Part 1: The Fry Jack
The fry jack is the sun, around which Belizean breakfast food orbits. Its one of three manifestations of a basic flour dough: the tortilla (grilled), the boil cake (boiled and steamed), and the fry jack (dip it in hot grease until golden).
Typically topped with beans and meat, the fry jack is a staple morning repast, similar in crunchy, doughy texture to a beignet. Tourists first find a basket on their hotel tables, served with eggs and beans. It is the gateway drug of Belizean food.
Cooks around Belize have mastered the fry jack, and its worth stepping out to street vendors and local restaurants to taste the heights this simple dish can achieve.
Bright one Friday morning, with my new friend Axcel Matus as my guide, I made my way to the hive of the city: Jack’s Fry Jack stand.
The owner had agreed to let me peek in on the action at her shop, and to sample her wares. Jack, short for Jackie, was as matter-of-fact about her cooking, as she was about her customer service. She is fast, tight- lipped, and a no-nonsense boss. Her shop has no technical or official name; it doesn’t need one. She is centrally located on Regent Street in the city, just in front of the Town Hall, courthouse, and the main grocery store.
Draw a line across the street and back again, using a map of each of these buildings. Where do they they meet? Jack’s shop.
This confluence provides her with endless customers from 8am to 3pm, Monday through Saturday.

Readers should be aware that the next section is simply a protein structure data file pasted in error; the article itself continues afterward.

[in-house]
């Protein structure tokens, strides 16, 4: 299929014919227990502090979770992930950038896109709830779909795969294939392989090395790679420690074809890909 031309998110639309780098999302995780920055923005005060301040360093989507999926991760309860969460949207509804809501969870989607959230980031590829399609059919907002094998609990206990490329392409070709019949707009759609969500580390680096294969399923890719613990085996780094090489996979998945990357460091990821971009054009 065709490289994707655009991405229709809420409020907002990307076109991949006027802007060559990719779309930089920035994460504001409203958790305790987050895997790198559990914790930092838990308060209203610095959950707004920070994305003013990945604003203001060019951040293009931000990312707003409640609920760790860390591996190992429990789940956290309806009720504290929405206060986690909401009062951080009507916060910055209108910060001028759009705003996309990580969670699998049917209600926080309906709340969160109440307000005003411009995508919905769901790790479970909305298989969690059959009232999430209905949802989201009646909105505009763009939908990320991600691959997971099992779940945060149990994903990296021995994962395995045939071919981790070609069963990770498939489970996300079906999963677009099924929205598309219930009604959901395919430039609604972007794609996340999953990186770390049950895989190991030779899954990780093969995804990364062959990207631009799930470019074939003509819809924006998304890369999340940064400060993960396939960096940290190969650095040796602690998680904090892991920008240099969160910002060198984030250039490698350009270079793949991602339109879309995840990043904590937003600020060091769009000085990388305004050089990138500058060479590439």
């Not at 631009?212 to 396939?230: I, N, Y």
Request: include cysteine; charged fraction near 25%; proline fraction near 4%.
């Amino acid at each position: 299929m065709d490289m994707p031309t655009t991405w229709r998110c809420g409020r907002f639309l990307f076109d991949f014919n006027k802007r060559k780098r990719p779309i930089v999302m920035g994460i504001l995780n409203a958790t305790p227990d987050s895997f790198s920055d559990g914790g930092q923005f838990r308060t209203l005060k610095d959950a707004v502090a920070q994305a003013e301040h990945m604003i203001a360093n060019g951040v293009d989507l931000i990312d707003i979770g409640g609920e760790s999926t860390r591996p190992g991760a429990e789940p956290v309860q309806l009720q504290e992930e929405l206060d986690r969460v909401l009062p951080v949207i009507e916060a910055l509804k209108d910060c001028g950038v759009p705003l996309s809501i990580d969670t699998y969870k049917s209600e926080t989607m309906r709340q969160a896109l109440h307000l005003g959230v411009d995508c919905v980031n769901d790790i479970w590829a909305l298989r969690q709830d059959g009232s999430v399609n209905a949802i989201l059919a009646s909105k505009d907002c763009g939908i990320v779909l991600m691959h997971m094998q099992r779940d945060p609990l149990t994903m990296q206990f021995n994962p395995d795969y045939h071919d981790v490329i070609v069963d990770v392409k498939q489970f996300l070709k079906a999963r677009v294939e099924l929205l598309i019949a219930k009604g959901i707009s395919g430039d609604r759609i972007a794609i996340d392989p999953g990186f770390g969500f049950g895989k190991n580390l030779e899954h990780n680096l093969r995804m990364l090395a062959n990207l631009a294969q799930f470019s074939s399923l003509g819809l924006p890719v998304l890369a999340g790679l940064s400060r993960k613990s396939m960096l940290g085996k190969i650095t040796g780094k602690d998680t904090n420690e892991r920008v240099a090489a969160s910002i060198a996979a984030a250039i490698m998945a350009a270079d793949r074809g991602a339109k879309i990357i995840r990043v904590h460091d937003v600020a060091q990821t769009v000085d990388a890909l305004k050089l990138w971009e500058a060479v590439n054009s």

The stand was clean and tidy, and no more than 10×8 feet. Jack and her sister-in-law performed a rhythmic dance inside, one weaving around the other, moving in figure eights to the dough table, on to the fryer, then to the prep table, then to the filling station. An assortment of beans, meat and cheese fill the fry jacks, then onto the folding, wrapping, and out the window to the customers.
$2BZE, or $1 US is the cost. The taste? A creamy crunchy, savory mix of flavors. Bite into the dough and you taste the earthy beans, seasoned meat and tangy cheese. It is filling and satisfying for the whole day.
The shop follows a simple recipe: FRY JACKS
1 pound of flour – about 4 heaping cups
1 tablespoon vegetable shortening
1 tablespoon baking powder
1 cup of water
pinch of salt
Add dry ingredients to large mixing bowl. Cut in shortening and add water. Dough will start our shaggy but keep working it, adding a bit of water if needed. Mix well by hand and then transfer to a surface lightly greased with shortening. Knead the dough until is smooth and elastic- about 5 minutes. Cut into golf ball sized rounds and roll, pinching seams. Let rise, smooth side up for at least 30 minutes or covered with plastic wrap overnight in fridge.
When you are ready to make the Fry jacks:
Heat vegetable oil in a heavy bottomed pan, with at least 4 inch high sides. You will want at least 2 inches of oil. Oil temperature should be a 375 degrees.
Grease surface with vegetable shortening and roll out each ball into a salad plate-sized disc. Using knife, make a small slit into the center of each disc to prevent over puffing while frying.
Note: if you are worried about frying a large disc, cut the dough in half and fry it in half-moon shapes.
Add dough to oil and fry 1 to 2 minutes on the first side, then flipping only once, turn the dough to cook 1-2 minutes more. The Fry Jack should be a deep golden brown.
Drain on paper towels and serve immediately with eggs, beans, jam or honey. It is also great as a base for refried beans, ground beef or chicken and shredded cheese. Fold in half and enjoy it the way Belizeans do: as a kick start to the day.
Great additional photos and recipes for Fry Jacks :